It may be the best retirement planning tool you have. Provided by Rotz & Stonesifer Financial Services, LLC Do you have a million dollars? At the moment, probably not. But if you invest and save diligently and let your assets compound, who knows? You may be a millionaire someday. In fact, you may need to be a millionaire someday. If you stay retired for twenty or thirty years, it could take well over $1 million to fund that retirement. In fact, Andrés Cardenal, CFA and financial analyst, recommends $1.25 million if you plan to match inflation over a three-decade retirement. This is one reason why you should contribute the maximum to your 401(k) plan. 1 Your 401(k) is your friend. For years, employers have wondered: why don’t people contribute more to their 401(k)s? At many large companies, the majority of employees contribute too little, and some find it a hassle to even fill out the paperwork. Most people don’t speak “financial” and don’t look at financial magazines or websites. It’s “boring.” So they mentally file “401(k)” under “boring.” But the advantages of a 401(k) should not bore you; they should motivate you. Tax-deferred growth and compounding. The money in your 401(k) compounds year after year without tax penalties. The earlier you start, the more compounding you get. Let’s say you put $2,400 annually in a 401(k) starting at age 30, and for the sake of example, let’s assume you get an 8% annual return. How much money would you have at 65? You would have a retirement nest egg of $437,148 from putting in $200 per month. But if you started putting in that $200 a month five years later, you would have only $285,588. [...]

Why Aren’t You Maxing Out Your 401(k)?2016-05-03T15:19:44-04:00

Smart Financial Moves in Your 20s, 30s, 40s & 50s

What might you think of doing when? Provided by Rotz & Stonesifer Financial Services, LLC If you had a timeline of the financial steps you should probably take in life, what would it look like? Answers to that question will vary, but certain times of life do call for certain financial moves. Some should be made out of caution, others out of opportunity. What might you want to do in your twenties? First and foremost, you should start saving for retirement – preferably using tax-advantaged retirement accounts that let you direct money into equities. Through equity investing, your money may grow and compound profoundly with time – and you have time on your side. As a hypothetical example, suppose you are 25 and direct $5,000 annually for 10 years into a retirement account earning a consistent 7%. You stop contributing to the account at age 35 – in fact, you never contribute a dollar to it again. Under such conditions, that $50,000 you have directed into that account over ten years grows to $562,683 by the time you are age 65 with no further action from you. If you contribute $5,000 annually to the account for 40 years starting at 25, you end up with $1,068,048 at 65.1 Aside from equity investment, you will want to try and build your savings – an emergency fund equal to six months of salary. That may seem unnecessarily large, or just too grand a goal, but it is worth pursuing, particularly if you are married or a parent. You could suffer a disability – not necessarily a permanent one, but an illness or injury that might prevent you from earning income. About 25% of people will contend with [...]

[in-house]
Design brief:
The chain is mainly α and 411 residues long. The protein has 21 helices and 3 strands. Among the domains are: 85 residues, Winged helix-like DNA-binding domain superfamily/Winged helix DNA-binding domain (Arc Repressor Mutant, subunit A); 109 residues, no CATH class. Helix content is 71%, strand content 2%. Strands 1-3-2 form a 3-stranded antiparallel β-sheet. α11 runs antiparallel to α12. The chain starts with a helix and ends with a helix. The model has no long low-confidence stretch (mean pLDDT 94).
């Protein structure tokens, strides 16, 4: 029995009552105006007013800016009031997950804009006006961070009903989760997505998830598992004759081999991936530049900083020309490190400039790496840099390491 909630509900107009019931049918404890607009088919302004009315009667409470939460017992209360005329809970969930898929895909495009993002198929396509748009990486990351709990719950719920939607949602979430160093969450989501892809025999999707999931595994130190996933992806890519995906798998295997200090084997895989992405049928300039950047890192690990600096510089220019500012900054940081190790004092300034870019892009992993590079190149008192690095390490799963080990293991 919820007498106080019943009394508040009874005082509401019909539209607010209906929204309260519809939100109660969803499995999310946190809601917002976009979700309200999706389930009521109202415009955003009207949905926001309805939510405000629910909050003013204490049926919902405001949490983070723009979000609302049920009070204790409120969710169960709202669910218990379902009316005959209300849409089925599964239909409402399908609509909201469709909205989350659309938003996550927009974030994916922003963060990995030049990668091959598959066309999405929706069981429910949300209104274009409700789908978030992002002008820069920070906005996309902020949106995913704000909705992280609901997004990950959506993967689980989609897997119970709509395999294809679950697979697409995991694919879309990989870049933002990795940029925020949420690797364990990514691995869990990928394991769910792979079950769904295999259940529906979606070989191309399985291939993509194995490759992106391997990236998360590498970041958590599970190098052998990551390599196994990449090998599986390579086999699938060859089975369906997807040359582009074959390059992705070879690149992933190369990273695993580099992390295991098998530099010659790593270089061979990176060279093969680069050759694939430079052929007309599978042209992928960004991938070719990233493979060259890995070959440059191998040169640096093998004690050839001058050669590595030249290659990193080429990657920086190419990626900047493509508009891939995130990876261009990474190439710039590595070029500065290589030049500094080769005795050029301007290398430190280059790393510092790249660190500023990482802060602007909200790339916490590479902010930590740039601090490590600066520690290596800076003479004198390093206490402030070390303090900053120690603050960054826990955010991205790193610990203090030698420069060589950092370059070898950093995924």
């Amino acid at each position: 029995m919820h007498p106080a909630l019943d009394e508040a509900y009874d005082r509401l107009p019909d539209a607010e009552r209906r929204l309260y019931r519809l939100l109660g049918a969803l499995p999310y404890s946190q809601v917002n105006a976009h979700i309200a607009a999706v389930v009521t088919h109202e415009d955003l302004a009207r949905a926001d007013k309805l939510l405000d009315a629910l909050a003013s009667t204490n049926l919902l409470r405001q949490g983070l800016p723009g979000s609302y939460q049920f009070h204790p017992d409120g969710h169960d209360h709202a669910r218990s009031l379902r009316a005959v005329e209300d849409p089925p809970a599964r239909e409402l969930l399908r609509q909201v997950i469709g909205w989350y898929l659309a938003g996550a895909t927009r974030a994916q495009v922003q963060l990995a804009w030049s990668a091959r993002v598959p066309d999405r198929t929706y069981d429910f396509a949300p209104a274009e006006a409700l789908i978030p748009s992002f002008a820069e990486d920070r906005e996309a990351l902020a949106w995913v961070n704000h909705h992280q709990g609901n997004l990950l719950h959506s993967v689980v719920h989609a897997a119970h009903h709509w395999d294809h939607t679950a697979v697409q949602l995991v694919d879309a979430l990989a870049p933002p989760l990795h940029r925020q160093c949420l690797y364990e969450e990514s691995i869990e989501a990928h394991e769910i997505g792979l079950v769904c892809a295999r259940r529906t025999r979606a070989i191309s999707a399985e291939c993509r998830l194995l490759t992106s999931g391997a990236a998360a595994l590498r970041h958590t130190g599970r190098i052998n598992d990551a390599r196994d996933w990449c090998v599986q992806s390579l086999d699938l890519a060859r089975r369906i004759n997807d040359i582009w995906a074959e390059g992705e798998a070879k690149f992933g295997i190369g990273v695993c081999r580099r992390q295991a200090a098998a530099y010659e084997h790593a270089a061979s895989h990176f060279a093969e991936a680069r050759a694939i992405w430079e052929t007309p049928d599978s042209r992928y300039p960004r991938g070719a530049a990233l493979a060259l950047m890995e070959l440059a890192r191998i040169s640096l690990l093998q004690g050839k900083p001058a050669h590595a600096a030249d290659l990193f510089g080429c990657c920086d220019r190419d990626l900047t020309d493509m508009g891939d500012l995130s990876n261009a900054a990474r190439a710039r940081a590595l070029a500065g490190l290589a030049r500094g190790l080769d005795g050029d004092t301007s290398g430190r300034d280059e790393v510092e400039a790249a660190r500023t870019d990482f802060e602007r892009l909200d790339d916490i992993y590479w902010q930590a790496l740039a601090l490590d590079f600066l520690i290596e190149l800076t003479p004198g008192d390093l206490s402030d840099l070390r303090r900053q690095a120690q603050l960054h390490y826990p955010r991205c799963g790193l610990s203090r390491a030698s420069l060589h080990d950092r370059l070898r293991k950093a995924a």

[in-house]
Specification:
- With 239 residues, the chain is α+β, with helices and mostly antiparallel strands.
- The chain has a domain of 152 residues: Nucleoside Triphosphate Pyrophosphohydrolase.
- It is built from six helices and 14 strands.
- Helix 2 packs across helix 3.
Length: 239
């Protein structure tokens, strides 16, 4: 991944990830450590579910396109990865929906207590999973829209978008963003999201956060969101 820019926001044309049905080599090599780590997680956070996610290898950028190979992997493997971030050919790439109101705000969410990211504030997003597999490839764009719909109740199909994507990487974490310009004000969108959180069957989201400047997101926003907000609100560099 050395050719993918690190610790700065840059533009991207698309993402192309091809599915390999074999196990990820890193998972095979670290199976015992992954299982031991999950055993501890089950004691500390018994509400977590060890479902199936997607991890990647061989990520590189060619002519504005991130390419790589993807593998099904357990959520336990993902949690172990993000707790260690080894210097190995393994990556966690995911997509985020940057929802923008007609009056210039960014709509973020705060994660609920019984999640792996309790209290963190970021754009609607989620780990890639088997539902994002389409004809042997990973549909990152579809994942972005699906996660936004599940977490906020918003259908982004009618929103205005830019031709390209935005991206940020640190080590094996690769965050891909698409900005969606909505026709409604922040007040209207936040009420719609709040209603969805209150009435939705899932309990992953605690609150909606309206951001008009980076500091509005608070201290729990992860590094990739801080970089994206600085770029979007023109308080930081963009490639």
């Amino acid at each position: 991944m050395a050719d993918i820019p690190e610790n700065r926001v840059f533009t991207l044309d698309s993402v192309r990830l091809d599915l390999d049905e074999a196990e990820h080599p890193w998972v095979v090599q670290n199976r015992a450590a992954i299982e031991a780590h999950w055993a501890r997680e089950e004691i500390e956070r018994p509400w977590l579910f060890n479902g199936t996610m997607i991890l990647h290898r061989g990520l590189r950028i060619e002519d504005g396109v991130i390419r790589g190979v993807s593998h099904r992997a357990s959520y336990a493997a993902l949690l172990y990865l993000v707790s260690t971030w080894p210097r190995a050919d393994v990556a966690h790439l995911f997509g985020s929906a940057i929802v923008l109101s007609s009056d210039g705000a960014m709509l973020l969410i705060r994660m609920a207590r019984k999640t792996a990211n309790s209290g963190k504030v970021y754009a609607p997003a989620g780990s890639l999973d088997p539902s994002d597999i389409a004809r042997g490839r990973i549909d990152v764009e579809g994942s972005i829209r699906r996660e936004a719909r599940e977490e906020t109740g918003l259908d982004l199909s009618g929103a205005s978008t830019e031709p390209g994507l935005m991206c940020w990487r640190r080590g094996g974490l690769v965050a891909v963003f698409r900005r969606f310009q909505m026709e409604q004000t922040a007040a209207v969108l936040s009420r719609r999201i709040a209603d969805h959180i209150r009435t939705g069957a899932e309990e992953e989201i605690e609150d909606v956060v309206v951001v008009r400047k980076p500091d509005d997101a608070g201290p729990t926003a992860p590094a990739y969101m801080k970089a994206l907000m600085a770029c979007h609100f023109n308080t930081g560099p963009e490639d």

Smart Financial Moves in Your 20s, 30s, 40s & 50s2017-02-20T15:37:44-04:00

Should You Downsize for Retirement?

Some retirees save a great deal of money by doing so; others do not. Provided by Rotz & Stonesifer Financial Services, LLC You want to retire, and you own a large home that is nearly or fully paid off. The kids are gone, but the upkeep costs haven’t fallen. Should you retire and keep your home? Or sell your home and retire? Maybe it’s time to downsize. Lower housing expenses could put more cash in your pocket. If your home isn’t paid off yet, have you considered how much money is going toward the home loan? When you took out your mortgage, your lender likely wanted your monthly payment to amount to no more than 28% of your total gross income, or no more than 36% of your total monthly debt repayments. Those are pretty standard metrics in the mortgage industry.1 What percentage of your gross income are you devoting to your mortgage payments today? Even if your home loan is 15 or 20 years old, you still may be devoting a significant part of your gross income to it. When you move to a smaller home, your mortgage expenses may lessen (or disappear) and your cash flow may greatly increase. You might even be able to buy a smaller home with cash (if finances permit) and cut your tax liability. Optionally, that smaller home could be in a state or region with lower income taxes and a lower cost of living. You could capitalize on some home equity. Why not convert some home equity into retirement income? If you were forced into early retirement by some corporate downsizing, you might have a sudden and pressing need for retirement capital, another reason to sell that [...]